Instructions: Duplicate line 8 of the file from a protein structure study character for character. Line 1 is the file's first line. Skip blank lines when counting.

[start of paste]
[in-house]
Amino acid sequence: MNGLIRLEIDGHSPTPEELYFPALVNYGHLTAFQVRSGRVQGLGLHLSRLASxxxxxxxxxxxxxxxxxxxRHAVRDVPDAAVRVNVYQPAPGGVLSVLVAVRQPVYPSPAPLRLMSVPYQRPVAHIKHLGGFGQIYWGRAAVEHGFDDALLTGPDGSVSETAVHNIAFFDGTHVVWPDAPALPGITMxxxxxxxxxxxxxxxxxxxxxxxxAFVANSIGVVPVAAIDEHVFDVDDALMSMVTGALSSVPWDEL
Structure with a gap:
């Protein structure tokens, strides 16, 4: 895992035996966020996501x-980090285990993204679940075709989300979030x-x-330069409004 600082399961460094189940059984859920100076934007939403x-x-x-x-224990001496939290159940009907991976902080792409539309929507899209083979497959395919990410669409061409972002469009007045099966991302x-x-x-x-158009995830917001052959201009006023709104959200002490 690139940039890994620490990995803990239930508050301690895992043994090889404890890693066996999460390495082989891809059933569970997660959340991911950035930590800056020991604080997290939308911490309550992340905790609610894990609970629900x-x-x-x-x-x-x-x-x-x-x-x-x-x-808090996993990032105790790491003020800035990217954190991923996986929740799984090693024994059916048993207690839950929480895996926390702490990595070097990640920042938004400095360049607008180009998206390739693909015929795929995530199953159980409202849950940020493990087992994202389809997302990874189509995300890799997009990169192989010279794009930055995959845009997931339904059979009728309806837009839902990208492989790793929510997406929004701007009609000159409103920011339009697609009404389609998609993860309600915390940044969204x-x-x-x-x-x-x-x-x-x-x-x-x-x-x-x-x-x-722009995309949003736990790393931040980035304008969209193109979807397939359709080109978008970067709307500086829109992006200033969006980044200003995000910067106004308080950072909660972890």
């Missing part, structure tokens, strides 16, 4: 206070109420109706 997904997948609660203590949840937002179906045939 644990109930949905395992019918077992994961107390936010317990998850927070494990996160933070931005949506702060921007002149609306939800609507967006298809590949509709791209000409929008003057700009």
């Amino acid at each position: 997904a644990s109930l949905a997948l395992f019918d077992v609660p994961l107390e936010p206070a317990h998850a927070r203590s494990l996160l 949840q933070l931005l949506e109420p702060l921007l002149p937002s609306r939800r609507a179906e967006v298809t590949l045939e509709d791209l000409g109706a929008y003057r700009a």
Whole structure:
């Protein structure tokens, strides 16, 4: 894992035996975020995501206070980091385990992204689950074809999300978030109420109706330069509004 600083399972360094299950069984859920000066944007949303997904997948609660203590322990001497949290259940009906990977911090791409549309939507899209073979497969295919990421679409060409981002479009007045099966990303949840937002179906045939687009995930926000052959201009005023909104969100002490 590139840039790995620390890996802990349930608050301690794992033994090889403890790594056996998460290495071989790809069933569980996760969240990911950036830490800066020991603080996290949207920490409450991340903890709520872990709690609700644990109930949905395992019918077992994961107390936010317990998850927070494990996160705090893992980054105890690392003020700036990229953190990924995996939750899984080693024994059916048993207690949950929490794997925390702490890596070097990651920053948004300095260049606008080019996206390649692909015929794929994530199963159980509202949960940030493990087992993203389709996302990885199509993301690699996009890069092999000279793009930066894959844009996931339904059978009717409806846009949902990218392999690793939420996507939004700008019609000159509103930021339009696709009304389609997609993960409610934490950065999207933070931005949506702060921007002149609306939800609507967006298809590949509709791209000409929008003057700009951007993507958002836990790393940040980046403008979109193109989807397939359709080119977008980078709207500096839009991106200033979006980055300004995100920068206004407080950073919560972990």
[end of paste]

């Protein structure tokens, strides 16, 4: 894992035996975020995501206070980091385990992204689950074809999300978030109420109706330069509004 600083399972360094299950069984859920000066944007949303997904997948609660203590322990001497949290259940009906990977911090791409549309939507899209073979497969295919990421679409060409981002479009007045099966990303949840937002179906045939687009995930926000052959201009005023909104969100002490 590139840039790995620390890996802990349930608050301690794992033994090889403890790594056996998460290495071989790809069933569980996760969240990911950036830490800066020991603080996290949207920490409450991340903890709520872990709690609700644990109930949905395992019918077992994961107390936010317990998850927070494990996160705090893992980054105890690392003020700036990229953190990924995996939750899984080693024994059916048993207690949950929490794997925390702490890596070097990651920053948004300095260049606008080019996206390649692909015929794929994530199963159980509202949960940030493990087992993203389709996302990885199509993301690699996009890069092999000279793009930066894959844009996931339904059978009717409806846009949902990218392999690793939420996507939004700008019609000159509103930021339009696709009304389609997609993960409610934490950065999207933070931005949506702060921007002149609306939800609507967006298809590949509709791209000409929008003057700009951007993507958002836990790393940040980046403008979109193109989807397939359709080119977008980078709207500096839009991106200033979006980055300004995100920068206004407080950073919560972990």